Fortune released its official Fortune 500 rankings for 2015 earlier this month. If the iPhone were a stand-alone business, it would sit in the No. 12 spot where AT&T currently resides with $132.4 billion in revenue in its last fiscal year. To be fair, I'm comparing the iPhone's current TTM revenue base with AT&T's fiscal year (ending December) revenue, but it's not like Ma Bell is growing much these days (revenue inched higher by just 0.3% last quarter). You get the picture.
Average selling prices
At a time when much of the smartphone market is undergoing the commoditization that naturally comes with most consumer technology, the iPhone has proven remarkably resilient to those pricing pressures. Apple's vertical integration gives it unrivaled pricing power compared to its competitors, the vast majority of which make Android devices. There was some pricing volatility in the first year due to the initial pricing misstep, but the subsidy model did wonders to stabilize average selling prices.
Not only have iPhone average selling prices been stable over the years, but they have been trending up over the past few quarters, thanks to two new pricing developments. First, the iPhone 6 Plus comes with a $100 premium relative to the iPhone 6 due to the larger 5.5-inch display. Second, Apple changed its pricing structure for NAND storage. Nowadays, the entry-level price gets you 16 GB of storage, with the mid range model carrying 64 GB of storage for an extra $100. Those are powerful incentives to give Apple another $100.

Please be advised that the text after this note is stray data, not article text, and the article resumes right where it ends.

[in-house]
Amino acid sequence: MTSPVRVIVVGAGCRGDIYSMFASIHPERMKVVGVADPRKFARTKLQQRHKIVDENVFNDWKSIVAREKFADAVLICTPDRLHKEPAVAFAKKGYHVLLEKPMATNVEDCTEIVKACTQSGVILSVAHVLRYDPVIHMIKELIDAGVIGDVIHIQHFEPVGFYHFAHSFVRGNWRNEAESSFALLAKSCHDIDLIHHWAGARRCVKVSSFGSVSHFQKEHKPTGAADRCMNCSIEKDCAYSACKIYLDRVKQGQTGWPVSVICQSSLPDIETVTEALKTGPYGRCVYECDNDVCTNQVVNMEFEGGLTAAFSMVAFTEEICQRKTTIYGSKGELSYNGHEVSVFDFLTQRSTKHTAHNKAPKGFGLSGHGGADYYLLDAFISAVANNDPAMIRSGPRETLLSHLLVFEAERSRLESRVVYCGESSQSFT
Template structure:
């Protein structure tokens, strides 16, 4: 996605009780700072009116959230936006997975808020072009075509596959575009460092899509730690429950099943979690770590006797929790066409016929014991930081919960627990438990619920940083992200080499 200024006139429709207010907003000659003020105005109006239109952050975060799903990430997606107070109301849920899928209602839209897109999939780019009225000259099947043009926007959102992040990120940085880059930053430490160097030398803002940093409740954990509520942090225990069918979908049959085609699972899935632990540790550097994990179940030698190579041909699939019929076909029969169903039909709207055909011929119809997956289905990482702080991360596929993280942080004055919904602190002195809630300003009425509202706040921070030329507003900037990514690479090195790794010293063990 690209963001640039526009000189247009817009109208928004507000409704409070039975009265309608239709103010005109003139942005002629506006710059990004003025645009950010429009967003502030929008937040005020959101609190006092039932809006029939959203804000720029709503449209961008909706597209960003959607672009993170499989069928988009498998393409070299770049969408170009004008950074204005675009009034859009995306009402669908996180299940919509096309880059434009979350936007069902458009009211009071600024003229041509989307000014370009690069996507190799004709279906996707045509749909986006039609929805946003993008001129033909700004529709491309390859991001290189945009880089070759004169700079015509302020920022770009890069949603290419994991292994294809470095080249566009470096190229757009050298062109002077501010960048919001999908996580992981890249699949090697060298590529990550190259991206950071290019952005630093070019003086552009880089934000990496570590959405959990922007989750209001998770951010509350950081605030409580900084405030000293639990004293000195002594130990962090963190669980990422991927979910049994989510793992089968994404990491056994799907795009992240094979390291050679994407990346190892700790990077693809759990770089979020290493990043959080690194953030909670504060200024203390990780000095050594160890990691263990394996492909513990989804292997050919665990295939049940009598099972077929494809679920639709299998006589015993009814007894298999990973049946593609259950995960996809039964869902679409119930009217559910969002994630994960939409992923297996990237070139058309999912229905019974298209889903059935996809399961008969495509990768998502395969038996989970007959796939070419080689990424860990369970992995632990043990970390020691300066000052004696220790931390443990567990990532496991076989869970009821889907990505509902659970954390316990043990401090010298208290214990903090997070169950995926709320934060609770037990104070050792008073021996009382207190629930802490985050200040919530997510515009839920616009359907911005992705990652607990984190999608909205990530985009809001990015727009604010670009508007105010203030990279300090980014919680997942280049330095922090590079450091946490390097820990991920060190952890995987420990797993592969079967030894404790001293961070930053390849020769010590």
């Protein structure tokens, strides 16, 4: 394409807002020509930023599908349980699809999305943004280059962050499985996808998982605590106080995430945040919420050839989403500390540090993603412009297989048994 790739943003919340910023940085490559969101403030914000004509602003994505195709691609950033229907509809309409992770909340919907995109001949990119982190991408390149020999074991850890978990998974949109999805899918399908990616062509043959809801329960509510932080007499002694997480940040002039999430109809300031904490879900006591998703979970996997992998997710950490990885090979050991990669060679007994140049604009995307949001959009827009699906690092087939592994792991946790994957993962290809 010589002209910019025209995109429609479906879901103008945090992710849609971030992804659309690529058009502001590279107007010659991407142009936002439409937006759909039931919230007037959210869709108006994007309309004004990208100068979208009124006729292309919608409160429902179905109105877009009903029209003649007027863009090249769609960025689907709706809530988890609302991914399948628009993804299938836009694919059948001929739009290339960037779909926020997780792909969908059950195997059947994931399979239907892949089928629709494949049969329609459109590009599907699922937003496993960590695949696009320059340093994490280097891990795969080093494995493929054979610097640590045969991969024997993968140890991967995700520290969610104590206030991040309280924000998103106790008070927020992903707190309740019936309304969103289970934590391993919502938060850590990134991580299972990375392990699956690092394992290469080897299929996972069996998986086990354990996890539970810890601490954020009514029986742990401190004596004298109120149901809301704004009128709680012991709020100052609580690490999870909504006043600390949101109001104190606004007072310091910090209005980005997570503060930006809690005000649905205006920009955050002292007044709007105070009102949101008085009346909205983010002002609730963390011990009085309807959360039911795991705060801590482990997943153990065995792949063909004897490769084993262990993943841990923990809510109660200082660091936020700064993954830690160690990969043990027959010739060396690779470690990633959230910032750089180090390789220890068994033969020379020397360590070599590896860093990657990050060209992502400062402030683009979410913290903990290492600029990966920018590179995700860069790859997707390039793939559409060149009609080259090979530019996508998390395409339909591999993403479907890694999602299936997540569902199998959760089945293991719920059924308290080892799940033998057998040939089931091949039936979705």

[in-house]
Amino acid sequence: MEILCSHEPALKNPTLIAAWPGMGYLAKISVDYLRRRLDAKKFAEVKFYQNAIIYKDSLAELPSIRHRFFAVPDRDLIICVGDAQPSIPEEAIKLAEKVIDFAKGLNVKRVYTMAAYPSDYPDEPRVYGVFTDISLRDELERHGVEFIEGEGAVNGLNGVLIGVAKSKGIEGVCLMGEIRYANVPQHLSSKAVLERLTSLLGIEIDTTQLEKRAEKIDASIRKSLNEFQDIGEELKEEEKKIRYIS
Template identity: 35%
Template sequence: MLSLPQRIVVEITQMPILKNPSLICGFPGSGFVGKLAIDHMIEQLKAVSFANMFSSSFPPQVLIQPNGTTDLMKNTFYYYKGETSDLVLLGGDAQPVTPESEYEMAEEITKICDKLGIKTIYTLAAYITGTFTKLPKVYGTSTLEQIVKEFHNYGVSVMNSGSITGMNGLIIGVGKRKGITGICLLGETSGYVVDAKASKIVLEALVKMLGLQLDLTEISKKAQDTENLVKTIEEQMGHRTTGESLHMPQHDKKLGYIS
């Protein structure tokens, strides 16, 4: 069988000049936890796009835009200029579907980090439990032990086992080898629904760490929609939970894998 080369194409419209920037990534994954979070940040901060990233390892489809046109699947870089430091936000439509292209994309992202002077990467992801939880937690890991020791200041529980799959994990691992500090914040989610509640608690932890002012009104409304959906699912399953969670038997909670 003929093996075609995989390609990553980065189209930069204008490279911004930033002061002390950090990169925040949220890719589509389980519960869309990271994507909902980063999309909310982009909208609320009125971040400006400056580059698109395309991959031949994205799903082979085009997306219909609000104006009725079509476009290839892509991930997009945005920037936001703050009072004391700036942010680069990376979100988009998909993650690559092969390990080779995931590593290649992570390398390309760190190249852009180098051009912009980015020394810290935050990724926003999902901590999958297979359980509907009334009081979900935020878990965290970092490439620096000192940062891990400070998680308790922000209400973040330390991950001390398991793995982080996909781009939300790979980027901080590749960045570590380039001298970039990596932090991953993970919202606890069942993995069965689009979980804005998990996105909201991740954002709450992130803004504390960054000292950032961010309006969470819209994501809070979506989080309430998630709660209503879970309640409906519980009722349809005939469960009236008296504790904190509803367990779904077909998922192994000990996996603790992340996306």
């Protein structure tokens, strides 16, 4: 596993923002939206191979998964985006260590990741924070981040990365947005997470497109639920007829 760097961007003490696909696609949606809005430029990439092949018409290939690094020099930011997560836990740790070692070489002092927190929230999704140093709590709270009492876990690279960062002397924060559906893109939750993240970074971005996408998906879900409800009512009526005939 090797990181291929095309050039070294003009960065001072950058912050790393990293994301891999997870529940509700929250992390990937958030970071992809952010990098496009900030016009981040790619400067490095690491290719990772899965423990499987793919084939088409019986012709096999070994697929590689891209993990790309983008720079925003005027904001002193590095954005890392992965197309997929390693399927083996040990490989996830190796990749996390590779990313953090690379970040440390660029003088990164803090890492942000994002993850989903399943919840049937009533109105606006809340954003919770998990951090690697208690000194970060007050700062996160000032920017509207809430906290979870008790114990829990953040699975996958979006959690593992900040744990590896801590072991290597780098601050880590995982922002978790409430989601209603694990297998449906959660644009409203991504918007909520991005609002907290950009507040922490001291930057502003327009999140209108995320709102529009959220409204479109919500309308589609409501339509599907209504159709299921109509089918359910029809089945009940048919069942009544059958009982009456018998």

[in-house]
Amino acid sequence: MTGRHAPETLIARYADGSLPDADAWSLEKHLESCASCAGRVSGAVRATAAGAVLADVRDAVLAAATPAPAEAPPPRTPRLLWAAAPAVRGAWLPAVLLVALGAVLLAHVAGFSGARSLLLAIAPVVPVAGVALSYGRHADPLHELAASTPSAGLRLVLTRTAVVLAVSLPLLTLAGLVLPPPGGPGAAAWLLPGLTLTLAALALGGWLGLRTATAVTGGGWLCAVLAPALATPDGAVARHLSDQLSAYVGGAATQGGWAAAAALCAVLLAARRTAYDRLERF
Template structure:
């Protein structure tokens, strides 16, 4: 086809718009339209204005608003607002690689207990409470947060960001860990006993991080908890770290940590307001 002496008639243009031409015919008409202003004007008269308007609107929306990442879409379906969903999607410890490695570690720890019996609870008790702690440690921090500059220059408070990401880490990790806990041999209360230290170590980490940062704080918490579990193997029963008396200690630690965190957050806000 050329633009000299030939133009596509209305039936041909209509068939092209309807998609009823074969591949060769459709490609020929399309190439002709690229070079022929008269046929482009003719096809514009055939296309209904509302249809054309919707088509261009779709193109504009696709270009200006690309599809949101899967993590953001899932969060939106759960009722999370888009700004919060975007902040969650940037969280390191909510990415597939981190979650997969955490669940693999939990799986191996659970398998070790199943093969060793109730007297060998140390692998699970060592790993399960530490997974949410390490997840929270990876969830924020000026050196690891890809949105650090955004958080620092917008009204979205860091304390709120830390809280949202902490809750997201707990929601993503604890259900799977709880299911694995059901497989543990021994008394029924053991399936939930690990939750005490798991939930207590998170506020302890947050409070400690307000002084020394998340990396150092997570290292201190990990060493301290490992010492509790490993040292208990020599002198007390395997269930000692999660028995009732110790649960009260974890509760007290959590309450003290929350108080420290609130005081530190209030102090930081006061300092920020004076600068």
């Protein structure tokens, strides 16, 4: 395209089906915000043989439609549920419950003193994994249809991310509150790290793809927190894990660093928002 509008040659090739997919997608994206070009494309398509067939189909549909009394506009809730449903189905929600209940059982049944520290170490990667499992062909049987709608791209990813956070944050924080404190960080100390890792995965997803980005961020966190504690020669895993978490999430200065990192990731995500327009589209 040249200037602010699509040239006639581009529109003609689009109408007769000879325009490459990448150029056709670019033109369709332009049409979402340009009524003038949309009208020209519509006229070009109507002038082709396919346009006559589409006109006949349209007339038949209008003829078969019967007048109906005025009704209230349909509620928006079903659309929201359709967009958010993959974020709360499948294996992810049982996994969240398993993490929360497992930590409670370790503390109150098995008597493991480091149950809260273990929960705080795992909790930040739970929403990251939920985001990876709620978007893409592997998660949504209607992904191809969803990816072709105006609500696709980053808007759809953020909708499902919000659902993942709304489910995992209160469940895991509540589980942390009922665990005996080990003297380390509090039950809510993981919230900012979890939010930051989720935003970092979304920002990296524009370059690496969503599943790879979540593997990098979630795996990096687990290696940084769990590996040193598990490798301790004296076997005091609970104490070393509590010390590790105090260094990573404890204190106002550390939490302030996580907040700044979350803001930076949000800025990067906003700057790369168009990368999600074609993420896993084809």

% of total revenue
The iPhone has risen precipitously in importance to Apple's business. In a way, this could be perceived as concentration risk. After all, when almost two-thirds of sales come from one product line, a potential flop could be disastrous. That was particularly true in the one-model-per-year days, but the risk is still real today.
Make no mistake, the iPhone is Apple's most important product by a very large margin, currently comprising 64% of TTM revenue. It's not even close -- the iPad and Mac each provide approximately 12% of TTM revenue.
The fall of BlackBerry and Nokia
Disruption has victims. In the iPhone's case, the two most visible victims were BlackBerry and Nokia. The best way to suffer from disruption is to be the one doing the disrupting. Apple has never hesitated to disrupt itself, which is why it doesn't fret about cannibalization. So long as you're buying a product from Apple, it's happy.
BlackBerry and Nokia once defined and dominated the smartphone market, only to swiftly fall from grace at the hands of the first modern smartphone with a capacitive touchscreen. These two companies are now mere shells of their former selves. While BlackBerry still clings to its handset business, its future very clearly lies in cross-platform enterprise security software and services. Nokia unloaded its handset business to Microsoft in order to focus on its successful networking equipment segment, but apparently misses designing phones. Here's how they have performed since the iPhone's launch.
With as much as the device has accomplished over the past eight years, what will the next eight years bring?